Some children grow up playing baseball, football, or other sports. Hours upon hours are spent tossing a ball back and forth. But not me. I spent my childhood roping. From age 3 all the way through high school, I was never without a rope. This often drew sneers from little old ladies in church and funny looks from girls on dates but, nevertheless, I was determined to become a roper.

It all started on my third birthday. My uncle gave me a blue-and-white-striped rope. It was one of those quality ropes made overseas. I’ll never forget what he told me. In front of my parents and family he said, “Be careful with that thing.” But as soon as nobody was listening, he told me, “Go rope whatever.” Within the hour I’d roped a fence post, three chickens, the sheep buck and grandma. So began my career as a roper.

The most unfortunate turn of events since my innocent childhood is my lack of talent. I really haven’t advanced too much with my rope since those first days after my birthday. Of course, the equipment has gotten fancier, more expensive and much neater-looking, but my roping ability seems to have stayed the same. My earlier dreams of Vegas now seem to have changed into having to buy tickets to watch. But I haven’t given up hope just yet. I come from a long line of ropers.

Once, a couple years back, I was pretty serious with this little gal and brought her home to meet the family. My mom and her hit it off right away, which is pretty much the reason why I got rid of her, but that’s a whole other story. Anyway, those two started going through old family pictures that night and, about halfway through the album, she stopped and asked my mother a foolish question.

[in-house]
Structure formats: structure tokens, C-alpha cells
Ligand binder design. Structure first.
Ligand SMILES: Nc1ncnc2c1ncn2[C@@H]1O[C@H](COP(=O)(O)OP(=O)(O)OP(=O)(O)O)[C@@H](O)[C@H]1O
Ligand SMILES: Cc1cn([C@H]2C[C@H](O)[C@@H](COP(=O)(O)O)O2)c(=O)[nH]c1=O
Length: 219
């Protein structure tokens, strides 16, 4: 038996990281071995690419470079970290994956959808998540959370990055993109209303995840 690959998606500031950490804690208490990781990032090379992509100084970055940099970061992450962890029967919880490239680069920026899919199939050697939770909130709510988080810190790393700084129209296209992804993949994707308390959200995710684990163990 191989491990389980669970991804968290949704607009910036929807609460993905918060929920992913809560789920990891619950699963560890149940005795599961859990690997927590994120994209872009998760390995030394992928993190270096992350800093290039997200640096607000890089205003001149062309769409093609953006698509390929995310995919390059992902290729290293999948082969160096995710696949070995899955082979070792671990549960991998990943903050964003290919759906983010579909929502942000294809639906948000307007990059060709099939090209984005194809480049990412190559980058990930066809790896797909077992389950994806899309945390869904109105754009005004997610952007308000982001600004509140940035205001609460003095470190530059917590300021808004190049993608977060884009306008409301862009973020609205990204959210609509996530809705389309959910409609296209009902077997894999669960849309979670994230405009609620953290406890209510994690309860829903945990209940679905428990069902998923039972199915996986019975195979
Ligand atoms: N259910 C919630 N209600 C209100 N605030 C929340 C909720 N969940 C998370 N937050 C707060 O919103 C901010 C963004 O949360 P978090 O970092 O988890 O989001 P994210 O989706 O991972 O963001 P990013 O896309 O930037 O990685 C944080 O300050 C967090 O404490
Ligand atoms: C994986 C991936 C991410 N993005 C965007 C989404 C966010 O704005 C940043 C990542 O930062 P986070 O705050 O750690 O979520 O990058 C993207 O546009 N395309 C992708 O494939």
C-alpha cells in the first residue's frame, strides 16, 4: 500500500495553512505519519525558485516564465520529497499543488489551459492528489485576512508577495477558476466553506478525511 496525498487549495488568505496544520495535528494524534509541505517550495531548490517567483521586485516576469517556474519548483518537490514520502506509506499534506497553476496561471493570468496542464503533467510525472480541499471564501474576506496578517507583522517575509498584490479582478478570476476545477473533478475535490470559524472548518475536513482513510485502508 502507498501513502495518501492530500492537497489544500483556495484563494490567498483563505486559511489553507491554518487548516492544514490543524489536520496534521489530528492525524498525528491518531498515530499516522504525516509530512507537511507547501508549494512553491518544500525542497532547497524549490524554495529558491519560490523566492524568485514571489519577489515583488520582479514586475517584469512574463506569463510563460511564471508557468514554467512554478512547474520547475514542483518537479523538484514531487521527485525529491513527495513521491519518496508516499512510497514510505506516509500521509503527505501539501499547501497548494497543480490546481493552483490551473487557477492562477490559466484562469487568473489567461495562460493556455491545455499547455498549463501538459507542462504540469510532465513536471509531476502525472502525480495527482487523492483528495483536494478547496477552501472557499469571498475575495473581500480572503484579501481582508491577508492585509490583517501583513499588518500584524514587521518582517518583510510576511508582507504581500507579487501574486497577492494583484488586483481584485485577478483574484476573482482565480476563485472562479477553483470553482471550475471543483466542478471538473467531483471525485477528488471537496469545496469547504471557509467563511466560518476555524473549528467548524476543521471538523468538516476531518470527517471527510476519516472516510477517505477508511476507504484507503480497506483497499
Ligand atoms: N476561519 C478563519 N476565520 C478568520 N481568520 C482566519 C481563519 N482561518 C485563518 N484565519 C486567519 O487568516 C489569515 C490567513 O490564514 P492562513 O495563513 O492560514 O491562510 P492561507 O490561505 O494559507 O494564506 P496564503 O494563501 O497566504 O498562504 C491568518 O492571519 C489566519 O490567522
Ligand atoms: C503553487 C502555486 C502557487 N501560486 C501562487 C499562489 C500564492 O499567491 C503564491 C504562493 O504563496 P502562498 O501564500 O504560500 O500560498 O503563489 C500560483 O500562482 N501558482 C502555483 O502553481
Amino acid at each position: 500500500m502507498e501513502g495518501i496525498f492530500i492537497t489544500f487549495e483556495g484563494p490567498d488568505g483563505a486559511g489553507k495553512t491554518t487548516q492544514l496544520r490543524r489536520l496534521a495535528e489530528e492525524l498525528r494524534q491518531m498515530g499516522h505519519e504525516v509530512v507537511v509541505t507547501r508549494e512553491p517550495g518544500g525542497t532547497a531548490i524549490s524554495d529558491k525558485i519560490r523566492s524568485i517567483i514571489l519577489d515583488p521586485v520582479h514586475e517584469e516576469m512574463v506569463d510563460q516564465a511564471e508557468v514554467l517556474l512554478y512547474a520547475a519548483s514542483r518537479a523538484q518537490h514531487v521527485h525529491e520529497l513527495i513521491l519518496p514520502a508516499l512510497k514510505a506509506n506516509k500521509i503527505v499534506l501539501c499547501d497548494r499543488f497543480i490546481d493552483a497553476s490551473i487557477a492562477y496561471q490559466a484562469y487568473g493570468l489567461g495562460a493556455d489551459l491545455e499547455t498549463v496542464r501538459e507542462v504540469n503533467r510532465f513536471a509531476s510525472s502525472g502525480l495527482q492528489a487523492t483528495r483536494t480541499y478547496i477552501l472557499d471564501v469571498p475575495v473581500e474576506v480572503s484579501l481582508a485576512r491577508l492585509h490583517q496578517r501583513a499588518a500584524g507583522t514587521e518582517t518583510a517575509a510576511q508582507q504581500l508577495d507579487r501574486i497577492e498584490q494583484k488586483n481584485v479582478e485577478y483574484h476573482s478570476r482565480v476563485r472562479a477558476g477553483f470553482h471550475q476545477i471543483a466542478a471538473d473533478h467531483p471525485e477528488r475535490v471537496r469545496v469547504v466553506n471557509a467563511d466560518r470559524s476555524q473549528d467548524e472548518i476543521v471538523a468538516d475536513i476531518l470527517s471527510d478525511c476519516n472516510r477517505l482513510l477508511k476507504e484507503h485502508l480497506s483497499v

“Why don’t any of these people have thumbs?”

“Sweetheart,” my mother answered, “they’re all ropers. Take, for instance, Cory’s uncle Jim. He lost his thumb roping in Cheyenne. His grandfather lost his practicing right here at the ranch. Cory’s father lost his right thumb roping at a branding, and his left at a small Fourth of July rodeo. And, of course, his aunt Hilda lost hers down in Vegas.”

“Cory’s aunt roped at the National Finals in Vegas?” she asked my mother.

“Of course not. She lost her thumb by slamming it in the trailer gate while unloading her horse. She never even got to rope the first go-round.”

I’ve long since realized that I’d never become a great roper, or even a mediocre one, but it’s still a necessity to rope on the ranch. I’ve had to come up with many different ways to rope sick calves and ornery cows, other than in the traditional sense. Below is a short list of types of roping I do on the ranch.

Pickup Roping: One cowboy drives while the other cowboy ropes from the box and dallies onto the roll bar. I’ve found Chevy to be much faster than Quarter Horse, even in the short-distance runs where Quarter Horse is at its best. The only drawback is that mirrors are expensive, and I lose one about every other run.

Feedbunk Roping: There’s nothing as simple as using feed to attract a cow into range. Unfortunately, there usually isn’t a whole lot to dally onto in feedbunk roping, so the cow usually ends up dragging me all around the corral. It isn’t so bad during warm weather, but in the winter the lumps that I’m drug across are usually pretty hard.